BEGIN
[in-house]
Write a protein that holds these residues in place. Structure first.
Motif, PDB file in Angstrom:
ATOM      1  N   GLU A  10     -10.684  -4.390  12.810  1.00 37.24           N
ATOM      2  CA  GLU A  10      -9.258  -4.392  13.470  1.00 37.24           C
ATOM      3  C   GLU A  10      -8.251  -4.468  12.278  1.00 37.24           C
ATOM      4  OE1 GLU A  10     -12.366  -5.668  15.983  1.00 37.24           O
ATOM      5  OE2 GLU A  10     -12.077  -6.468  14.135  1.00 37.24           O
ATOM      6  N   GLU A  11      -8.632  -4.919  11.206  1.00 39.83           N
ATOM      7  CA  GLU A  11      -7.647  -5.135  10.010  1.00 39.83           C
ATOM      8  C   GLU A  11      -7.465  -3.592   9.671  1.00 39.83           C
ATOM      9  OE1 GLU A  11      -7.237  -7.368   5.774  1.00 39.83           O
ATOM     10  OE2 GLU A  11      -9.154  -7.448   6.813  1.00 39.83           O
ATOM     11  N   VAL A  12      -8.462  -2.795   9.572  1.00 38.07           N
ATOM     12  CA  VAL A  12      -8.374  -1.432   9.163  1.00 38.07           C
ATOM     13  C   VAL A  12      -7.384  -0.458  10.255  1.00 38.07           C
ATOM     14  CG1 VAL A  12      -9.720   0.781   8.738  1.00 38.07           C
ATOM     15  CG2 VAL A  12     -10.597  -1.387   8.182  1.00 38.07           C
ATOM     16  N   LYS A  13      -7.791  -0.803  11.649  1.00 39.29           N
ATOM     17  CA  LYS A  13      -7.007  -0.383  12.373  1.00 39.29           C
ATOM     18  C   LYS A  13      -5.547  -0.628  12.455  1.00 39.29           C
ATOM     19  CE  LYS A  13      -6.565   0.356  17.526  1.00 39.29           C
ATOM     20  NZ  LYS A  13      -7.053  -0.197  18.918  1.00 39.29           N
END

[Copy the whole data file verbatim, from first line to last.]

[in-house]
Write a protein that holds these residues in place. Structure first.
Motif, PDB file in Angstrom:
ATOM      1  N   GLU A  10     -10.684  -4.390  12.810  1.00 37.24           N
ATOM      2  CA  GLU A  10      -9.258  -4.392  13.470  1.00 37.24           C
ATOM      3  C   GLU A  10      -8.251  -4.468  12.278  1.00 37.24           C
ATOM      4  OE1 GLU A  10     -12.366  -5.668  15.983  1.00 37.24           O
ATOM      5  OE2 GLU A  10     -12.077  -6.468  14.135  1.00 37.24           O
ATOM      6  N   GLU A  11      -8.632  -4.919  11.206  1.00 39.83           N
ATOM      7  CA  GLU A  11      -7.647  -5.135  10.010  1.00 39.83           C
ATOM      8  C   GLU A  11      -7.465  -3.592   9.671  1.00 39.83           C
ATOM      9  OE1 GLU A  11      -7.237  -7.368   5.774  1.00 39.83           O
ATOM     10  OE2 GLU A  11      -9.154  -7.448   6.813  1.00 39.83           O
ATOM     11  N   VAL A  12      -8.462  -2.795   9.572  1.00 38.07           N
ATOM     12  CA  VAL A  12      -8.374  -1.432   9.163  1.00 38.07           C
ATOM     13  C   VAL A  12      -7.384  -0.458  10.255  1.00 38.07           C
ATOM     14  CG1 VAL A  12      -9.720   0.781   8.738  1.00 38.07           C
ATOM     15  CG2 VAL A  12     -10.597  -1.387   8.182  1.00 38.07           C
ATOM     16  N   LYS A  13      -7.791  -0.803  11.649  1.00 39.29           N
ATOM     17  CA  LYS A  13      -7.007  -0.383  12.373  1.00 39.29           C
ATOM     18  C   LYS A  13      -5.547  -0.628  12.455  1.00 39.29           C
ATOM     19  CE  LYS A  13      -6.565   0.356  17.526  1.00 39.29           C
ATOM     20  NZ  LYS A  13      -7.053  -0.197  18.918  1.00 39.29           N